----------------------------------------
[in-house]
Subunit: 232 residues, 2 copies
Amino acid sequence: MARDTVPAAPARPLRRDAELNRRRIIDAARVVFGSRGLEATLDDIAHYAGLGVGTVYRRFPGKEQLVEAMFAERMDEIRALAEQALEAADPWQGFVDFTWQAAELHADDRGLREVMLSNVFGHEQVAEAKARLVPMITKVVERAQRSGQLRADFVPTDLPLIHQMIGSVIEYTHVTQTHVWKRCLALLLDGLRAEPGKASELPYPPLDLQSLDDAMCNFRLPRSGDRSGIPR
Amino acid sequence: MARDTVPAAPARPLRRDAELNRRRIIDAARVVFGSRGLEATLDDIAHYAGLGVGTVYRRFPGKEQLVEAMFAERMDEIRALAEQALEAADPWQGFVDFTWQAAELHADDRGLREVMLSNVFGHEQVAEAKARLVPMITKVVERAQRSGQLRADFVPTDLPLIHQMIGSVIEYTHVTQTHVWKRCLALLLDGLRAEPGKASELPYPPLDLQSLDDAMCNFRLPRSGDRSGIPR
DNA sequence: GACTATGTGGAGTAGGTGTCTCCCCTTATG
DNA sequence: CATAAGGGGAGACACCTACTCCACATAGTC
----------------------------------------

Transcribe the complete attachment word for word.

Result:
[in-house]
Subunit: 232 residues, 2 copies
Amino acid sequence: MARDTVPAAPARPLRRDAELNRRRIIDAARVVFGSRGLEATLDDIAHYAGLGVGTVYRRFPGKEQLVEAMFAERMDEIRALAEQALEAADPWQGFVDFTWQAAELHADDRGLREVMLSNVFGHEQVAEAKARLVPMITKVVERAQRSGQLRADFVPTDLPLIHQMIGSVIEYTHVTQTHVWKRCLALLLDGLRAEPGKASELPYPPLDLQSLDDAMCNFRLPRSGDRSGIPR
Amino acid sequence: MARDTVPAAPARPLRRDAELNRRRIIDAARVVFGSRGLEATLDDIAHYAGLGVGTVYRRFPGKEQLVEAMFAERMDEIRALAEQALEAADPWQGFVDFTWQAAELHADDRGLREVMLSNVFGHEQVAEAKARLVPMITKVVERAQRSGQLRADFVPTDLPLIHQMIGSVIEYTHVTQTHVWKRCLALLLDGLRAEPGKASELPYPPLDLQSLDDAMCNFRLPRSGDRSGIPR
DNA sequence: GACTATGTGGAGTAGGTGTCTCCCCTTATG
DNA sequence: CATAAGGGGAGACACCTACTCCACATAGTC